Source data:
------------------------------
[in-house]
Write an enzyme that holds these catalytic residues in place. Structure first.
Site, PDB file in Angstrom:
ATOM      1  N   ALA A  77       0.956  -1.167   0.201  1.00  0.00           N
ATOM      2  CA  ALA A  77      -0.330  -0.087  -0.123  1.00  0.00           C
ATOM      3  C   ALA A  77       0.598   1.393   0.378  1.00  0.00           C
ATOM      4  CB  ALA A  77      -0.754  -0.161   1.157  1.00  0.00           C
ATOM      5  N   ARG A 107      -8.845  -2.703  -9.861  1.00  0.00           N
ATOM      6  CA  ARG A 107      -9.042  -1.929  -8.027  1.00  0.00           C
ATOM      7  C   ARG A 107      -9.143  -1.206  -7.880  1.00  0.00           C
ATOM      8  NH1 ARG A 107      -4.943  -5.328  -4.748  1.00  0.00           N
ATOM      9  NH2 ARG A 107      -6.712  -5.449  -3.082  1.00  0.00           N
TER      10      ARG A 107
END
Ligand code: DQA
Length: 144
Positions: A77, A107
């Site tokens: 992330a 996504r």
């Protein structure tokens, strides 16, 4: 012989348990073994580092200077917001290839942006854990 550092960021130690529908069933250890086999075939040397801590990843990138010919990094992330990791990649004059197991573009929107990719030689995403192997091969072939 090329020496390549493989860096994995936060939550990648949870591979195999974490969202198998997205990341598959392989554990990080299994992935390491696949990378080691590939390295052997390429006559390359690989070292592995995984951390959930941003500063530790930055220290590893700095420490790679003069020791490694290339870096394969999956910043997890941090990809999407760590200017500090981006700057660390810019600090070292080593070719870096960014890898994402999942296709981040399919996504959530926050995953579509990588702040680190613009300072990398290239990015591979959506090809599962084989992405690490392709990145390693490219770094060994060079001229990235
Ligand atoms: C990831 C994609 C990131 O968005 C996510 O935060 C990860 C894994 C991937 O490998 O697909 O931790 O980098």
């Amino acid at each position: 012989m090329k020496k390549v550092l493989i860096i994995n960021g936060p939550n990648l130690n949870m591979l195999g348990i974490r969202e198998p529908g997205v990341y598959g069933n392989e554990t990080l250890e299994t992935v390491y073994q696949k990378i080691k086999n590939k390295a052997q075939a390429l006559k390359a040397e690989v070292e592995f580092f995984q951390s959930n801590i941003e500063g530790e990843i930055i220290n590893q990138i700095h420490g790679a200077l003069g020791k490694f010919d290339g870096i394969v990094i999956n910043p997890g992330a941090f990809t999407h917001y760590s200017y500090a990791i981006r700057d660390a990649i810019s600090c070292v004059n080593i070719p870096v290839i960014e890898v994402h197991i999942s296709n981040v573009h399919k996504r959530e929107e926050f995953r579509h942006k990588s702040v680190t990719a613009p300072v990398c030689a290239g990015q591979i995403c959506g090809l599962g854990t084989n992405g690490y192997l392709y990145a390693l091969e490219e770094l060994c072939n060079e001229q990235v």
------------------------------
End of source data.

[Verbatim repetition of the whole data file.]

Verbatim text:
[in-house]
Write an enzyme that holds these catalytic residues in place. Structure first.
Site, PDB file in Angstrom:
ATOM      1  N   ALA A  77       0.956  -1.167   0.201  1.00  0.00           N
ATOM      2  CA  ALA A  77      -0.330  -0.087  -0.123  1.00  0.00           C
ATOM      3  C   ALA A  77       0.598   1.393   0.378  1.00  0.00           C
ATOM      4  CB  ALA A  77      -0.754  -0.161   1.157  1.00  0.00           C
ATOM      5  N   ARG A 107      -8.845  -2.703  -9.861  1.00  0.00           N
ATOM      6  CA  ARG A 107      -9.042  -1.929  -8.027  1.00  0.00           C
ATOM      7  C   ARG A 107      -9.143  -1.206  -7.880  1.00  0.00           C
ATOM      8  NH1 ARG A 107      -4.943  -5.328  -4.748  1.00  0.00           N
ATOM      9  NH2 ARG A 107      -6.712  -5.449  -3.082  1.00  0.00           N
TER      10      ARG A 107
END
Ligand code: DQA
Length: 144
Positions: A77, A107
């Site tokens: 992330a 996504r």
């Protein structure tokens, strides 16, 4: 012989348990073994580092200077917001290839942006854990 550092960021130690529908069933250890086999075939040397801590990843990138010919990094992330990791990649004059197991573009929107990719030689995403192997091969072939 090329020496390549493989860096994995936060939550990648949870591979195999974490969202198998997205990341598959392989554990990080299994992935390491696949990378080691590939390295052997390429006559390359690989070292592995995984951390959930941003500063530790930055220290590893700095420490790679003069020791490694290339870096394969999956910043997890941090990809999407760590200017500090981006700057660390810019600090070292080593070719870096960014890898994402999942296709981040399919996504959530926050995953579509990588702040680190613009300072990398290239990015591979959506090809599962084989992405690490392709990145390693490219770094060994060079001229990235
Ligand atoms: C990831 C994609 C990131 O968005 C996510 O935060 C990860 C894994 C991937 O490998 O697909 O931790 O980098």
């Amino acid at each position: 012989m090329k020496k390549v550092l493989i860096i994995n960021g936060p939550n990648l130690n949870m591979l195999g348990i974490r969202e198998p529908g997205v990341y598959g069933n392989e554990t990080l250890e299994t992935v390491y073994q696949k990378i080691k086999n590939k390295a052997q075939a390429l006559k390359a040397e690989v070292e592995f580092f995984q951390s959930n801590i941003e500063g530790e990843i930055i220290n590893q990138i700095h420490g790679a200077l003069g020791k490694f010919d290339g870096i394969v990094i999956n910043p997890g992330a941090f990809t999407h917001y760590s200017y500090a990791i981006r700057d660390a990649i810019s600090c070292v004059n080593i070719p870096v290839i960014e890898v994402h197991i999942s296709n981040v573009h399919k996504r959530e929107e926050f995953r579509h942006k990588s702040v680190t990719a613009p300072v990398c030689a290239g990015q591979i995403c959506g090809l599962g854990t084989n992405g690490y192997l392709y990145a390693l091969e490219e770094l060994c072939n060079e001229q990235v």